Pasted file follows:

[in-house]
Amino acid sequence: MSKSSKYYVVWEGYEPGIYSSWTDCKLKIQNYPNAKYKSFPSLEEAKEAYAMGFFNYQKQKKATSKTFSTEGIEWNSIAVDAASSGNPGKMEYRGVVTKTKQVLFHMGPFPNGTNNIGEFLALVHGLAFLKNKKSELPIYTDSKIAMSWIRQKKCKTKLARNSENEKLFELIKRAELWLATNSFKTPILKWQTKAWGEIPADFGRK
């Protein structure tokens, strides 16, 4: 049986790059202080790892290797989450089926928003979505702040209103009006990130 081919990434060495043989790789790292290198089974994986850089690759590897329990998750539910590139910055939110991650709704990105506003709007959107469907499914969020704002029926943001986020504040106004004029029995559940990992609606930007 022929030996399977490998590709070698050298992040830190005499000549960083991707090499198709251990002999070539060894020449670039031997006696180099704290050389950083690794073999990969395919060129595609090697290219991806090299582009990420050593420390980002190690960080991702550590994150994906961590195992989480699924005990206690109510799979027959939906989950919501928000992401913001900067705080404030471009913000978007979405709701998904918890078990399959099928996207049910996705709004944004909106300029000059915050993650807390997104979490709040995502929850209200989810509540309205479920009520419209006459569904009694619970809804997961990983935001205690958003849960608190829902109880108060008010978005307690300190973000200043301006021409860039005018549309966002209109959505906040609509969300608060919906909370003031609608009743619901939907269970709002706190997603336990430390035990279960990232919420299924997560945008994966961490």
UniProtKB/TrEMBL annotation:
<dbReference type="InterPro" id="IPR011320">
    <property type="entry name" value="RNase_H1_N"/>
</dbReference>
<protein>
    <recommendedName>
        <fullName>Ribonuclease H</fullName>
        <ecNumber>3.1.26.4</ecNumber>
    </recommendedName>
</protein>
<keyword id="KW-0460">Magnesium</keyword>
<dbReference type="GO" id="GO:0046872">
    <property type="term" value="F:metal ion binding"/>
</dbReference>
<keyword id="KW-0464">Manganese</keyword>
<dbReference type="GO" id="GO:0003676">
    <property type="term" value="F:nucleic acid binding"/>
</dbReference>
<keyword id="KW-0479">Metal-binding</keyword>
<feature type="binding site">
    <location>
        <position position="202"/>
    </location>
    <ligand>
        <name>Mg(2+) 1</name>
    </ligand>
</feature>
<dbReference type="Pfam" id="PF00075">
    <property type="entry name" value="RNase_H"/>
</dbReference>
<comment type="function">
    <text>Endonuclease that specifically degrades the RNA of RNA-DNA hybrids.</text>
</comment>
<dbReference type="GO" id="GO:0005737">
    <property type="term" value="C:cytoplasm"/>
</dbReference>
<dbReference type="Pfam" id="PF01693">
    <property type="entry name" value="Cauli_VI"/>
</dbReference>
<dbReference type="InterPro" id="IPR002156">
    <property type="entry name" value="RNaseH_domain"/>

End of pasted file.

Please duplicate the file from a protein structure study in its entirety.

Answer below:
[in-house]
Amino acid sequence: MSKSSKYYVVWEGYEPGIYSSWTDCKLKIQNYPNAKYKSFPSLEEAKEAYAMGFFNYQKQKKATSKTFSTEGIEWNSIAVDAASSGNPGKMEYRGVVTKTKQVLFHMGPFPNGTNNIGEFLALVHGLAFLKNKKSELPIYTDSKIAMSWIRQKKCKTKLARNSENEKLFELIKRAELWLATNSFKTPILKWQTKAWGEIPADFGRK
């Protein structure tokens, strides 16, 4: 049986790059202080790892290797989450089926928003979505702040209103009006990130 081919990434060495043989790789790292290198089974994986850089690759590897329990998750539910590139910055939110991650709704990105506003709007959107469907499914969020704002029926943001986020504040106004004029029995559940990992609606930007 022929030996399977490998590709070698050298992040830190005499000549960083991707090499198709251990002999070539060894020449670039031997006696180099704290050389950083690794073999990969395919060129595609090697290219991806090299582009990420050593420390980002190690960080991702550590994150994906961590195992989480699924005990206690109510799979027959939906989950919501928000992401913001900067705080404030471009913000978007979405709701998904918890078990399959099928996207049910996705709004944004909106300029000059915050993650807390997104979490709040995502929850209200989810509540309205479920009520419209006459569904009694619970809804997961990983935001205690958003849960608190829902109880108060008010978005307690300190973000200043301006021409860039005018549309966002209109959505906040609509969300608060919906909370003031609608009743619901939907269970709002706190997603336990430390035990279960990232919420299924997560945008994966961490």
UniProtKB/TrEMBL annotation:
<dbReference type="InterPro" id="IPR011320">
    <property type="entry name" value="RNase_H1_N"/>
</dbReference>
<protein>
    <recommendedName>
        <fullName>Ribonuclease H</fullName>
        <ecNumber>3.1.26.4</ecNumber>
    </recommendedName>
</protein>
<keyword id="KW-0460">Magnesium</keyword>
<dbReference type="GO" id="GO:0046872">
    <property type="term" value="F:metal ion binding"/>
</dbReference>
<keyword id="KW-0464">Manganese</keyword>
<dbReference type="GO" id="GO:0003676">
    <property type="term" value="F:nucleic acid binding"/>
</dbReference>
<keyword id="KW-0479">Metal-binding</keyword>
<feature type="binding site">
    <location>
        <position position="202"/>
    </location>
    <ligand>
        <name>Mg(2+) 1</name>
    </ligand>
</feature>
<dbReference type="Pfam" id="PF00075">
    <property type="entry name" value="RNase_H"/>
</dbReference>
<comment type="function">
    <text>Endonuclease that specifically degrades the RNA of RNA-DNA hybrids.</text>
</comment>
<dbReference type="GO" id="GO:0005737">
    <property type="term" value="C:cytoplasm"/>
</dbReference>
<dbReference type="Pfam" id="PF01693">
    <property type="entry name" value="Cauli_VI"/>
</dbReference>
<dbReference type="InterPro" id="IPR002156">
    <property type="entry name" value="RNaseH_domain"/>